BANGKOK: Thai authorities yesterday delayed a ruling on whether deposed former prime minister Yingluck Shinawatra will face criminal charges over a loss-making rice subsidy scheme.
The attorney general’s office said it needed more time to investigate Yingluck’s involvement in the controversial scheme, which became a clarion call for protests against her now toppled government.
“There is not enough evidence to take legal action against former Prime Minister Yingluck as accused by the National Anti-Corruption Commission (NACC),” Wanchai Rojanawong, a spokesman for the attorney general’s office, said at a press conference in Bangkok.
The attorney general will form a joint committee with the NACC to gather more evidence before deciding whether to charge her, he said, without specifying when it would make a decision on an indictment.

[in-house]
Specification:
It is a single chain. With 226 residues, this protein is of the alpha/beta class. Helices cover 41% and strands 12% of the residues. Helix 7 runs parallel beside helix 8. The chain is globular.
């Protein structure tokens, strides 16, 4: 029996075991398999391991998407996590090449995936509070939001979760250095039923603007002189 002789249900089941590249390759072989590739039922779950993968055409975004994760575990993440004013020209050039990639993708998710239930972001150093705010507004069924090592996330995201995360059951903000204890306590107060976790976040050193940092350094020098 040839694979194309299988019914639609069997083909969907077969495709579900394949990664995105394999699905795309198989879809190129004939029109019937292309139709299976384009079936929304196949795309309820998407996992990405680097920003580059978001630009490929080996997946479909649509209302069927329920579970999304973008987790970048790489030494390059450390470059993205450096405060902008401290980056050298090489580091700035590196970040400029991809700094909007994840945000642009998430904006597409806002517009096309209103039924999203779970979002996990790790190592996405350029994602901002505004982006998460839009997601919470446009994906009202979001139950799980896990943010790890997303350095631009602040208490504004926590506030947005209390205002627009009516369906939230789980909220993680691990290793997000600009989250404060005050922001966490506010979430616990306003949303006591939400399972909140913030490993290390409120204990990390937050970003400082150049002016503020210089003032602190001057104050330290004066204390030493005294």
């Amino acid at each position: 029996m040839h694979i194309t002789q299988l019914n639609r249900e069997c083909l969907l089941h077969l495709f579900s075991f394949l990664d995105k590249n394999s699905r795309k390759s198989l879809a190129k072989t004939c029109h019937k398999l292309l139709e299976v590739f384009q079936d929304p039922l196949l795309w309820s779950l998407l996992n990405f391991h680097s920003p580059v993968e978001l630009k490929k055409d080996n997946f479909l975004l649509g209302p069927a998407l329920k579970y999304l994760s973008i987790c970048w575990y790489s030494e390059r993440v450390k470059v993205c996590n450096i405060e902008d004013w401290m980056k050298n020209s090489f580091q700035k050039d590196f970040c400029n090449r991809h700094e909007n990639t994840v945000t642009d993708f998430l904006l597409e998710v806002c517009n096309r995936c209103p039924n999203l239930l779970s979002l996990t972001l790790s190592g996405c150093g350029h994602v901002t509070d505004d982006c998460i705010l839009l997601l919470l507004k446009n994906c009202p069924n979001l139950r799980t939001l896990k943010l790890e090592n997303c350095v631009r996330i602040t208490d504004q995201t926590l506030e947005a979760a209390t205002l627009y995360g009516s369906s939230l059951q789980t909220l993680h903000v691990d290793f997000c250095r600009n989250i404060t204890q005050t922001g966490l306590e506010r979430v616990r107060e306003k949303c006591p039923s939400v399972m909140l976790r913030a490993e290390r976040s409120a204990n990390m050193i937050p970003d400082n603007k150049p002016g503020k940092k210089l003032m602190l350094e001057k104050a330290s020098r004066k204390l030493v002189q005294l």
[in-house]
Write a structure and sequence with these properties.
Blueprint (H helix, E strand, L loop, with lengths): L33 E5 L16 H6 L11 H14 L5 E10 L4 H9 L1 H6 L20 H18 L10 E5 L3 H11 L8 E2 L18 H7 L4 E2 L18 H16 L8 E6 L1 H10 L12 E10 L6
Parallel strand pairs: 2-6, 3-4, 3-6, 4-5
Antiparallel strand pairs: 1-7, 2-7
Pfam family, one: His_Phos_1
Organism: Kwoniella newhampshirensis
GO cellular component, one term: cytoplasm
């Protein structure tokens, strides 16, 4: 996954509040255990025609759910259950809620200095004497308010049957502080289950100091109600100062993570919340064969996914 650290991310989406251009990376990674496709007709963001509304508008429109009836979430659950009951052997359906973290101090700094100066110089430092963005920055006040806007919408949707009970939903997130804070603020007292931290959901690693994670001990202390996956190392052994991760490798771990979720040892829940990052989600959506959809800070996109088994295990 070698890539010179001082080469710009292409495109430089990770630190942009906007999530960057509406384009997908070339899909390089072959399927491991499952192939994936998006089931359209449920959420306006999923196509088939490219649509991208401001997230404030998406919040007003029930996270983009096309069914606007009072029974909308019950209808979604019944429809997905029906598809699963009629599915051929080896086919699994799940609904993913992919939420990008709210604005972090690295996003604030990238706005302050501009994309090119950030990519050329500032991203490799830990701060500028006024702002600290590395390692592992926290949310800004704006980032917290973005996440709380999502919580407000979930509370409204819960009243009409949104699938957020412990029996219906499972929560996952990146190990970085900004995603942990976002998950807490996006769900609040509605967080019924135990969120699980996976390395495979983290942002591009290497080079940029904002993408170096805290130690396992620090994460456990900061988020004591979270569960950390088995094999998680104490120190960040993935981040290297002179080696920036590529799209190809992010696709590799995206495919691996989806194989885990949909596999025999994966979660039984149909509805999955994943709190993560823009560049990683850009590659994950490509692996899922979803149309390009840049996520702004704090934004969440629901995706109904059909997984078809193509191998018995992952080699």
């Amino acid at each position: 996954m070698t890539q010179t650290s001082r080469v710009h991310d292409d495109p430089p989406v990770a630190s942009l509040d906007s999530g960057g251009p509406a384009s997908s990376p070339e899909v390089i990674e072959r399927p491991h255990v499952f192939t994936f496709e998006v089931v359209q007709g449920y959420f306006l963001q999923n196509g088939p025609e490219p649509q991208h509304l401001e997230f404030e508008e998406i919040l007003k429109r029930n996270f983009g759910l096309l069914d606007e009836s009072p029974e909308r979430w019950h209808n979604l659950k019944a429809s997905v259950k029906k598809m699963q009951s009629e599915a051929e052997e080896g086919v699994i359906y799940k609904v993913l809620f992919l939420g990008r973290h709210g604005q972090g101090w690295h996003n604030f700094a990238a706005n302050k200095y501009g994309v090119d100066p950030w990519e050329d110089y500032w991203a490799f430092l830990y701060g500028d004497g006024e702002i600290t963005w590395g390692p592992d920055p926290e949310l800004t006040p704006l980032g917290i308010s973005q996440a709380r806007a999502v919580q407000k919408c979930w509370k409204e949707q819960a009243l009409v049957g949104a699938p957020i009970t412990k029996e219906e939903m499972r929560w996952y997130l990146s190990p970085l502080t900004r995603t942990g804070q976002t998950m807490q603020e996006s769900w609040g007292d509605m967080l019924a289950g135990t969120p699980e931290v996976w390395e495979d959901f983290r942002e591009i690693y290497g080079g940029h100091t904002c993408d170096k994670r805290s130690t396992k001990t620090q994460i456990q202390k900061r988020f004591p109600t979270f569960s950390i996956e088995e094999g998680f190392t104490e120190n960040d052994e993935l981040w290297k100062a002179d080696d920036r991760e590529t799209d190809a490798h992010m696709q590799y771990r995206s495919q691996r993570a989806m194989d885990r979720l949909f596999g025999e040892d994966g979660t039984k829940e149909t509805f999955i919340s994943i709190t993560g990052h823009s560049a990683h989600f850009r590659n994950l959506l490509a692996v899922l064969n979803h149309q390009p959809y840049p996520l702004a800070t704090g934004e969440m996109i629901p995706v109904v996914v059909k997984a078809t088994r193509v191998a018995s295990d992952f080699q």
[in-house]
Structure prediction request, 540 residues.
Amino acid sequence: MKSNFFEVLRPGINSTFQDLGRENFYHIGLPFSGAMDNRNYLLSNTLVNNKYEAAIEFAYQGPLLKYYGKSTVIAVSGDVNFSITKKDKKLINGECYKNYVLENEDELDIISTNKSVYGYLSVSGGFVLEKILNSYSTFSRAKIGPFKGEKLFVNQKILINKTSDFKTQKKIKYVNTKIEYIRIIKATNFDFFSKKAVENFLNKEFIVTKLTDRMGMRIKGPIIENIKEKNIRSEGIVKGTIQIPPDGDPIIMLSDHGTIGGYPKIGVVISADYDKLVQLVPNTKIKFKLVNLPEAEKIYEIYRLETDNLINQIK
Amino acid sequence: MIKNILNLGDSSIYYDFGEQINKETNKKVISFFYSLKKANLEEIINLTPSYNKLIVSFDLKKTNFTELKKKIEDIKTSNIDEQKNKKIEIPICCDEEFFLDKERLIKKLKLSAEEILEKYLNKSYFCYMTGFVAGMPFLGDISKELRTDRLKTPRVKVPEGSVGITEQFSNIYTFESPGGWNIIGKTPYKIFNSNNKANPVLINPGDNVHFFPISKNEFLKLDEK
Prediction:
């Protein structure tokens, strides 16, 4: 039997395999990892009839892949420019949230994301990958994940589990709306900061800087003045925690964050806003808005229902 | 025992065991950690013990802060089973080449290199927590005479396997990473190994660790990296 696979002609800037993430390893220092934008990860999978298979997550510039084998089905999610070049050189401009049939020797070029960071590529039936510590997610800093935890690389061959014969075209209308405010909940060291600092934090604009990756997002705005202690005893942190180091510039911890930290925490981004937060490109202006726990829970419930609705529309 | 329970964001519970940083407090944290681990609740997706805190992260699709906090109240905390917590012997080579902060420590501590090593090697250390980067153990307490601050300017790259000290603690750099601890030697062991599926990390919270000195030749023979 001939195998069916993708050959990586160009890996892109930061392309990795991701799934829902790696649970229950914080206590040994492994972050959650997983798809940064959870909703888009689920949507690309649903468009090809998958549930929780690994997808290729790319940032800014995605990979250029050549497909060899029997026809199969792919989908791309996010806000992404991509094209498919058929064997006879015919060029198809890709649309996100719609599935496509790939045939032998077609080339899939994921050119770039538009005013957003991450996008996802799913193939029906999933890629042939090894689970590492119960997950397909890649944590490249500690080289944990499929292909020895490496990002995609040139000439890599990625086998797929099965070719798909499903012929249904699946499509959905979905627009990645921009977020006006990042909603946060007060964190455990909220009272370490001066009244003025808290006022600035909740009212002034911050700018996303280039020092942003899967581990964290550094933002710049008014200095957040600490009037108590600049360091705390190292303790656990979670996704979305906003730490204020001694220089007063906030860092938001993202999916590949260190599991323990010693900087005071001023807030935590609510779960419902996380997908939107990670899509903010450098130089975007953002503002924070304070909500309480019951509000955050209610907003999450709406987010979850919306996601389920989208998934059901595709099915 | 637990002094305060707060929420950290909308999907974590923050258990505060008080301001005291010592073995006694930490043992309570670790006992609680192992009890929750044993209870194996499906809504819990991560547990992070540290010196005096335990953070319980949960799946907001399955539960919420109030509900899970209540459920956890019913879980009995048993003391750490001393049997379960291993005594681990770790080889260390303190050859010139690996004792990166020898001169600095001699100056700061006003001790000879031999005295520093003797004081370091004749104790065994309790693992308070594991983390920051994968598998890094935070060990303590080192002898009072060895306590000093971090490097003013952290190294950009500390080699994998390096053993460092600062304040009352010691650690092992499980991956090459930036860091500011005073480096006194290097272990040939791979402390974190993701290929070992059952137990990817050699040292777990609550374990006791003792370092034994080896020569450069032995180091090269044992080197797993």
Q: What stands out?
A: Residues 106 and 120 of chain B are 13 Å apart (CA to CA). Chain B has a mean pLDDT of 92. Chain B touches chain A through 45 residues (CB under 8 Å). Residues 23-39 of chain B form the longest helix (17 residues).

Yingluck, Thailand’s first female premier, was removed from office in a controversial court ruling shortly before the army toppled the remnants of her elected government on May 22.
Just a day after she was removed from office, the NACC indicted the former leader for dereliction of duty in relation to the rice policy, later forwarding the case to the attorney general’s office to consider criminal charges.
Yingluck’s deeply divisive elder brother Thaksin -- a billionaire former premier -- lives in self-exile to avoid jail for a corruption conviction.